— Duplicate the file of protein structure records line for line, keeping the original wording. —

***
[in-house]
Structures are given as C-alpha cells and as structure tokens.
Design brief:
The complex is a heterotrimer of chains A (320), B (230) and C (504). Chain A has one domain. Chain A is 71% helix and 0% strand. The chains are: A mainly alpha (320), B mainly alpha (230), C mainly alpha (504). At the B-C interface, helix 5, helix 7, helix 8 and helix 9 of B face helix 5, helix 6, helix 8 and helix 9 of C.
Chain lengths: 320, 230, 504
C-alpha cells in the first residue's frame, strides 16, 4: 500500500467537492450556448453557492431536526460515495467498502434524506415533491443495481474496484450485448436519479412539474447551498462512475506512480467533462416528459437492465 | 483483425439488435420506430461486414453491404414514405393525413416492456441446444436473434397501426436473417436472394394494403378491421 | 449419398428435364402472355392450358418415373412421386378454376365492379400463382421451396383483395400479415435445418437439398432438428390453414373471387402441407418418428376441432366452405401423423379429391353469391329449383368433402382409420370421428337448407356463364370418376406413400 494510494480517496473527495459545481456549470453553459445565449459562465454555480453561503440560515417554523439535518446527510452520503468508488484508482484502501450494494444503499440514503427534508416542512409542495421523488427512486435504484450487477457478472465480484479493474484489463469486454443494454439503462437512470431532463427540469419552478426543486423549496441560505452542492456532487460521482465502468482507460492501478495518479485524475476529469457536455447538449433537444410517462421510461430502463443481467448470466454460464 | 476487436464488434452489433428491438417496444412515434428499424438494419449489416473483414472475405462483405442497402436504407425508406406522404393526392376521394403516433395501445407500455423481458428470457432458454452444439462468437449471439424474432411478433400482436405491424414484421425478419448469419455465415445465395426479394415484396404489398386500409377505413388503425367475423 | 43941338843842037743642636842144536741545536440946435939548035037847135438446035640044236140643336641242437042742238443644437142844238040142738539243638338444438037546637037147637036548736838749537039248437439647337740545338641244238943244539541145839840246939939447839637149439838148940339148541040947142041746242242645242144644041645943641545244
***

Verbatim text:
[in-house]
Structures are given as C-alpha cells and as structure tokens.
Design brief:
The complex is a heterotrimer of chains A (320), B (230) and C (504). Chain A has one domain. Chain A is 71% helix and 0% strand. The chains are: A mainly alpha (320), B mainly alpha (230), C mainly alpha (504). At the B-C interface, helix 5, helix 7, helix 8 and helix 9 of B face helix 5, helix 6, helix 8 and helix 9 of C.
Chain lengths: 320, 230, 504
C-alpha cells in the first residue's frame, strides 16, 4: 500500500467537492450556448453557492431536526460515495467498502434524506415533491443495481474496484450485448436519479412539474447551498462512475506512480467533462416528459437492465 | 483483425439488435420506430461486414453491404414514405393525413416492456441446444436473434397501426436473417436472394394494403378491421 | 449419398428435364402472355392450358418415373412421386378454376365492379400463382421451396383483395400479415435445418437439398432438428390453414373471387402441407418418428376441432366452405401423423379429391353469391329449383368433402382409420370421428337448407356463364370418376406413400 494510494480517496473527495459545481456549470453553459445565449459562465454555480453561503440560515417554523439535518446527510452520503468508488484508482484502501450494494444503499440514503427534508416542512409542495421523488427512486435504484450487477457478472465480484479493474484489463469486454443494454439503462437512470431532463427540469419552478426543486423549496441560505452542492456532487460521482465502468482507460492501478495518479485524475476529469457536455447538449433537444410517462421510461430502463443481467448470466454460464 | 476487436464488434452489433428491438417496444412515434428499424438494419449489416473483414472475405462483405442497402436504407425508406406522404393526392376521394403516433395501445407500455423481458428470457432458454452444439462468437449471439424474432411478433400482436405491424414484421425478419448469419455465415445465395426479394415484396404489398386500409377505413388503425367475423 | 43941338843842037743642636842144536741545536440946435939548035037847135438446035640044236140643336641242437042742238443644437142844238040142738539243638338444438037546637037147637036548736838749537039248437439647337740545338641244238943244539541145839840246939939447839637149439838148940339148541040947142041746242242645242144644041645943641545244